TITLE: The General Theory of Haunting
AUTHOR: Richard Easter
PUBLICATION DATE: December 2017
NOTE: I received a copy of this book from NetGalley. This review is my honest opinion of the book.
"Every haunting has a design…
Winter, 1809. Lord Francis Marryman’s wife, Patience, is dying. In the madness of his grief, desperate to keep Patience’s memory alive, he’s compelled to build a memorial in the form of a remote country Hall. But as the plans move forward, Marryman Hall seems to become alive with more than just memories.
Francis, a brilliant mathematician and scholar, has built more into the walls than just bricks and mortar.
Autumn, 2018. Siblings Greg and Lucy Knights, owners of K&K Publishing Company, are seeking a venue to celebrate the 18th anniversary of their company’s inception. At such short notice, there is only one option that still has vacancies: Marryman Hall.
Winter arrives and as heavy snow falls, the guests drop out until a much depleted party of just 6 reach their destination and soon find themselves snowed in. As the guests’ private lives and demons are exposed in the increasingly awkward, claustrophobic atmosphere , the secrets of Marryman Hall and her history are also brought into shocking light from the darkness. In his grief, it’s possible that Lord Francis Marryman may have made a terrible mistake…
The General Theory of Haunting is the perfect ghost story to curl up with on the long winter nights - like Marryman Hall's guests, you won't know what's truly happening until it's way too late..."
The General Theory of Haunting is a nicely-written, paranormal mystery thriller that moves slowly at first, picks up pace, has great character development, several surprises, and an absolutely fascinating theory on... well, hauntings. Marryman Hall also manages to develope a personality of its own. This isn't a horror novel, despite the hauntings. But part of the novel make a beautiful love story. Watching the time-spanning mystery of Marryman Hall unfold was just as exciting as the more usual action packed murder solving mysteries. A lovely book. I'm looking forward to more work from this author.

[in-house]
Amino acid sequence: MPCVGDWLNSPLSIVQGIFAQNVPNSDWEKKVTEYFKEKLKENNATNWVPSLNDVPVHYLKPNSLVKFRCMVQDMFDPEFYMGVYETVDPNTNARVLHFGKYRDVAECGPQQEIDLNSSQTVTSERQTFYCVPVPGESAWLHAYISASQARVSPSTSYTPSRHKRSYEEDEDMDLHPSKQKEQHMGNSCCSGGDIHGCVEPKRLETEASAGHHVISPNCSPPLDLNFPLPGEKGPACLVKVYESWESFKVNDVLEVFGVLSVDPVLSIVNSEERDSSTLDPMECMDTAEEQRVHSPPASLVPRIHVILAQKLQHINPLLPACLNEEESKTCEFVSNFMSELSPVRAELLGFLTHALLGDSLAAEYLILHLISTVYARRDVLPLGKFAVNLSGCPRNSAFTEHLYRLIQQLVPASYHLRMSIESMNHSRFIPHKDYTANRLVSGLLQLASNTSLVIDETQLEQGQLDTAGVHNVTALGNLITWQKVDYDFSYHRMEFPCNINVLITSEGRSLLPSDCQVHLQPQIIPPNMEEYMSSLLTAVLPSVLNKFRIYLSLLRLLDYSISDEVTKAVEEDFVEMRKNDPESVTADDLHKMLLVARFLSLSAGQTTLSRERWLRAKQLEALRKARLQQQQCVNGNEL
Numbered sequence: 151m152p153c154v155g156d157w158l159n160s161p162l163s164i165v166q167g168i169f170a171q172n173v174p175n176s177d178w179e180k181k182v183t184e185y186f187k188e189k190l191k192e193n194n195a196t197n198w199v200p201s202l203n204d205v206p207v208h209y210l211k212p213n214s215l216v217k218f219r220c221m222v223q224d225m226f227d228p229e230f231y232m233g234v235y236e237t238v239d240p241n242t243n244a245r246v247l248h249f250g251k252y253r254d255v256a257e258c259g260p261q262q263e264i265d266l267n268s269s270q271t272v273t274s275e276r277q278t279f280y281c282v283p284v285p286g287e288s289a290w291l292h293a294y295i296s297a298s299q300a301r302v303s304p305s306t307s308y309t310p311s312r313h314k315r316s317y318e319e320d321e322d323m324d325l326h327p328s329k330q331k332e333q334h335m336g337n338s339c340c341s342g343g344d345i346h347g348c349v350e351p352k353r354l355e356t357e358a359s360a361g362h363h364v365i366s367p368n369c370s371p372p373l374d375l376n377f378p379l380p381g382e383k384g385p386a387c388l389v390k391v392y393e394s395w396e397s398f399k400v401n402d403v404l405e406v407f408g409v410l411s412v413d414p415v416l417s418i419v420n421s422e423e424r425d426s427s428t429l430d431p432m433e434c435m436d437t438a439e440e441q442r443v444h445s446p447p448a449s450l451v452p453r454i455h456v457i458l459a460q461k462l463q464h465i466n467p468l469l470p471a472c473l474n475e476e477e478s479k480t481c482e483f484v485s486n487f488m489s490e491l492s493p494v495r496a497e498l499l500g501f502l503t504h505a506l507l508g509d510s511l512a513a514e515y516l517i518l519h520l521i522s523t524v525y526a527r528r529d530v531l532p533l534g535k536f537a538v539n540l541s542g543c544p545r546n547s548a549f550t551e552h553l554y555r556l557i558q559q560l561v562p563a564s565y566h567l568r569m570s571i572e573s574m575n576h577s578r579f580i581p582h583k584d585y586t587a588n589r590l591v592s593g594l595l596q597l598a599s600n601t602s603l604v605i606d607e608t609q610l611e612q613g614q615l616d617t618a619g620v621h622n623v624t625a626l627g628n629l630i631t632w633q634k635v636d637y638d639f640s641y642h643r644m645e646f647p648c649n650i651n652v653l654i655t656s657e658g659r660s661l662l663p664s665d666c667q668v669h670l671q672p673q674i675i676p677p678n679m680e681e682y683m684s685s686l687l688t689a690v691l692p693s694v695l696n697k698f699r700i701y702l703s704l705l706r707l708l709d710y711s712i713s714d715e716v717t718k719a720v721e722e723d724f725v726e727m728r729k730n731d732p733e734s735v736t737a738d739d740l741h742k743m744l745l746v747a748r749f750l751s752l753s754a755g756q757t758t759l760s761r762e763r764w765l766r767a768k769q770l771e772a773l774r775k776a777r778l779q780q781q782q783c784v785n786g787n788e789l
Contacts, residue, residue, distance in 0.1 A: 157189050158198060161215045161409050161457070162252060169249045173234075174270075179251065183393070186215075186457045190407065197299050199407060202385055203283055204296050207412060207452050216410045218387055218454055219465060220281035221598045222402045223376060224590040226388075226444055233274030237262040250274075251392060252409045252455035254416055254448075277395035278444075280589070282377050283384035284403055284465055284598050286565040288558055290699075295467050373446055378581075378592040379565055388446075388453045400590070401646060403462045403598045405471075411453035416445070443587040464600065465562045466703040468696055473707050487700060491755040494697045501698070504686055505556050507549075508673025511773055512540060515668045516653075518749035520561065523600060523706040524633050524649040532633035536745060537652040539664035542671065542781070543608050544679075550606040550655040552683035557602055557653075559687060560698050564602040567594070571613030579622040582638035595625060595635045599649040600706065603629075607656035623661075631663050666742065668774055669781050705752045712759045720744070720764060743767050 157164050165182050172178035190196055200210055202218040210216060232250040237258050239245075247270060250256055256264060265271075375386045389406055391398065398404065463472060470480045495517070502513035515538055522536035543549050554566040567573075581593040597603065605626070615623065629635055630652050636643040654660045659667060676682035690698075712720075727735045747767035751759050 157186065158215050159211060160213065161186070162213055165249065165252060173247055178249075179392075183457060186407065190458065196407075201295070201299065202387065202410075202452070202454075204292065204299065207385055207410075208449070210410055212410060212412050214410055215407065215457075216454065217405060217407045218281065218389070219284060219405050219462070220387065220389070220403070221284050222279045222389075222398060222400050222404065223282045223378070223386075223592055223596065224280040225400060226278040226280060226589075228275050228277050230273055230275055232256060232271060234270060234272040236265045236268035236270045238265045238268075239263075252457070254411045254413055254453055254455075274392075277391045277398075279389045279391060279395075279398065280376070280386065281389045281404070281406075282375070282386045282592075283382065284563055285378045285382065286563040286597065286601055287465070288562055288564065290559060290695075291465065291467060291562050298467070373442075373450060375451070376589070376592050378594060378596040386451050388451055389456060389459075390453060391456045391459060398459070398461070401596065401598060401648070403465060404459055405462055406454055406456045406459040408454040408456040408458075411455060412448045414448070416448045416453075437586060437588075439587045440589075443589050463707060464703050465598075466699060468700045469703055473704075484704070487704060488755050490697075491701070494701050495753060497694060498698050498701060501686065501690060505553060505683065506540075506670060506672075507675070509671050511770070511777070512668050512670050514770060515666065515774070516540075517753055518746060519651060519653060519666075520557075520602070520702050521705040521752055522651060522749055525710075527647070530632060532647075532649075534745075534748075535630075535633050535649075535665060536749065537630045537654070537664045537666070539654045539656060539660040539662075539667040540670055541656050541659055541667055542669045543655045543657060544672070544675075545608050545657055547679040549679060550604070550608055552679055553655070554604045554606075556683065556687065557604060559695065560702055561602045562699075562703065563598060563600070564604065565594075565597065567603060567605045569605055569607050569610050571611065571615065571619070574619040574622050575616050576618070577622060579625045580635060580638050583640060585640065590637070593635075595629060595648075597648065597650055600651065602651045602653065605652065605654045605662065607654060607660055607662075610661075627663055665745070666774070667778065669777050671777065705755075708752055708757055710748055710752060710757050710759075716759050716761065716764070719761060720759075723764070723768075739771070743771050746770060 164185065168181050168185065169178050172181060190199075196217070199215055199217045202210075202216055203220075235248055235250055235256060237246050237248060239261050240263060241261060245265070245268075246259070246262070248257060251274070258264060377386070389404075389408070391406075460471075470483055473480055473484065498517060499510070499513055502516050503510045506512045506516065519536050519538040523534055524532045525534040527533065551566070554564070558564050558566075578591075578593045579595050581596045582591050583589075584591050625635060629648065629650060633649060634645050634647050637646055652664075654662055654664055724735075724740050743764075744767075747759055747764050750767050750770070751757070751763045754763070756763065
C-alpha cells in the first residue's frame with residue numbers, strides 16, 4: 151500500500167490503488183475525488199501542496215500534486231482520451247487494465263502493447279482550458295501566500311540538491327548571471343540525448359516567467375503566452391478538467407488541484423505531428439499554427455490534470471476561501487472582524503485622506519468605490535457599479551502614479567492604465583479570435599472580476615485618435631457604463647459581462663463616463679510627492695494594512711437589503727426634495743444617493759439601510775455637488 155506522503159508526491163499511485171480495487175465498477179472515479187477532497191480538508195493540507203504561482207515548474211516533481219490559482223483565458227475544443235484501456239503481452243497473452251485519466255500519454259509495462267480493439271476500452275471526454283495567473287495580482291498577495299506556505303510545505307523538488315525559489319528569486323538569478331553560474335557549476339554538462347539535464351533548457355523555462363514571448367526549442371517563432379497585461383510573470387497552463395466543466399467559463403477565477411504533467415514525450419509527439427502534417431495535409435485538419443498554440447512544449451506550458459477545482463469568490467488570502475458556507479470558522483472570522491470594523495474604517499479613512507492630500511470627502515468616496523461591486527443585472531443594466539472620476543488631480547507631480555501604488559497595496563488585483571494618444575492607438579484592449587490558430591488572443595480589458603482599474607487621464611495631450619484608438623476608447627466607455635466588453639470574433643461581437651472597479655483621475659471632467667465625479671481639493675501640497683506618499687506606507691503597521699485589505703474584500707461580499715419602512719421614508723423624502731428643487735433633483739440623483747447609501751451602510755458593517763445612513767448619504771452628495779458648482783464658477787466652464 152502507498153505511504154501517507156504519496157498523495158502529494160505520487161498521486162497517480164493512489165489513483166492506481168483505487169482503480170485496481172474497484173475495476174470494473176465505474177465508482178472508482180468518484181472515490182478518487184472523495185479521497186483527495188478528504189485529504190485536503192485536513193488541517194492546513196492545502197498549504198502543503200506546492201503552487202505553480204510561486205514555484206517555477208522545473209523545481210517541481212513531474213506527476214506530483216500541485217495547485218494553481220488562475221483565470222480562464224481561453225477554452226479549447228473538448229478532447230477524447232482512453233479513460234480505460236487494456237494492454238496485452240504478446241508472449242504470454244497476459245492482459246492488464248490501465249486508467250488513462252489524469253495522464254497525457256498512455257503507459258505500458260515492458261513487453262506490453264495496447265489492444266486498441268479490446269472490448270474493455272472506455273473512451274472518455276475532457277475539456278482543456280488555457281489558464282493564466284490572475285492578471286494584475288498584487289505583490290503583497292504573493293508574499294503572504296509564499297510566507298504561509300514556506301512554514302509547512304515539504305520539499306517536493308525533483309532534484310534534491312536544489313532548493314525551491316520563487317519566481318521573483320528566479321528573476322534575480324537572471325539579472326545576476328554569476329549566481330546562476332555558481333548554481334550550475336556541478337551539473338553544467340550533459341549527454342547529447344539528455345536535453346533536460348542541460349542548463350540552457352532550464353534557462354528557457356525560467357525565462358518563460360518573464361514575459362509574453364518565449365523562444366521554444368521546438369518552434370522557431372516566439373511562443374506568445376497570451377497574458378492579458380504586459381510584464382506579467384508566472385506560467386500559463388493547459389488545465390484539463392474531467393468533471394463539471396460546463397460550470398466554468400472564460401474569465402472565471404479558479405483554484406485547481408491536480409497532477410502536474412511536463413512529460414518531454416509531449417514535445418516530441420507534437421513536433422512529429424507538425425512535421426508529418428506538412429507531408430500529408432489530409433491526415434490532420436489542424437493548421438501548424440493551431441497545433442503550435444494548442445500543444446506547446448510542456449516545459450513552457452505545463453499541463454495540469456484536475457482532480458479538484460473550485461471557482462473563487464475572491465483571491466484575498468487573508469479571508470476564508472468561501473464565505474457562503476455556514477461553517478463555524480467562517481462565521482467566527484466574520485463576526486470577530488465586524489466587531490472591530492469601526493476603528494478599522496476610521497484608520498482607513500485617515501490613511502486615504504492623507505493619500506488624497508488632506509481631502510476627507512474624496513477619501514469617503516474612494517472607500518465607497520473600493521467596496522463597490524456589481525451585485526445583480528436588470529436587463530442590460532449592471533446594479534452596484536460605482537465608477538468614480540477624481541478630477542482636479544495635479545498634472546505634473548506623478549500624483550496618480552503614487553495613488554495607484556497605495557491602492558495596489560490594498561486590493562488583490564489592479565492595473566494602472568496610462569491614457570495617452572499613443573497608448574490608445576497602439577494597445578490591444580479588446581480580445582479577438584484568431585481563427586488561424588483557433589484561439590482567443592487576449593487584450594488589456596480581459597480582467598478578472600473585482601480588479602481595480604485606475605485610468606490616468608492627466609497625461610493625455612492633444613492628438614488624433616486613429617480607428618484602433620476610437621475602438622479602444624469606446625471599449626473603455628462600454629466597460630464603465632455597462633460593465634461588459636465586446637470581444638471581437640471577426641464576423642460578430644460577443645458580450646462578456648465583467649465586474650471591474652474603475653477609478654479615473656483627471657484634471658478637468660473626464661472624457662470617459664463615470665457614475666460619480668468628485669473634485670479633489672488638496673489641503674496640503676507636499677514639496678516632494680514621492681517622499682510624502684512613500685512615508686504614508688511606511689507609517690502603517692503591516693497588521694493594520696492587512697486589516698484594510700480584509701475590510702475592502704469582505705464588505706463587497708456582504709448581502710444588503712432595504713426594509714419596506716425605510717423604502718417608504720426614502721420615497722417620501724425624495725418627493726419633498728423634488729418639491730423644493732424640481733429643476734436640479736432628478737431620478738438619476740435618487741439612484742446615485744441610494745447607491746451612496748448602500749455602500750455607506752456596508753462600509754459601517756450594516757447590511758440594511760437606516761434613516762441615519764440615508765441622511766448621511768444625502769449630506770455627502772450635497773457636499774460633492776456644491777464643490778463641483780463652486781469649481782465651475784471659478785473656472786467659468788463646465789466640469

I bought this on a whim, because it's just a gorgeous book, chock full of old book covers. I figured I'd be interested in the contents too, of course, but was prepared, based on the title, for a lot of hyperbole.
Not so much really. I'd say the editors did a fantastic job of choosing books that most people would agree significantly affected, if not changed, the course of society. I enjoyed the narratives written for each one too; I learned at least a little something about each book, in spite of at least 95 of them being familiar to me already.
I knocked the rating back a little because some of the choices would have had a more localised influence than others (A Book of Mediterranean Food and The Cat in the Hat come most quickly to mind), and because there was a slight but noticeable political bias to the choices. Whether that bias was the editors' or history's, I don't know, and I can't argue the impact most of these books had, so it's a pretty small quibble really.
A nice book for the bibliophile or the armchair historian who enjoys the trend of history through objects.
Based on Alex Johnson's blog about bookshelves (theblogonthebookshelf.blogspot.com), this is a collection of the myriad styles of bookshelves as traditional cases, single shelves, furniture, and everything in between. The hardcover edition is nicely bound and chock full of beautiful full-colour images of every piece, each with a website address for the particular designer. At the back of the book is a further reading section listing book titles, articles and website links to related reading.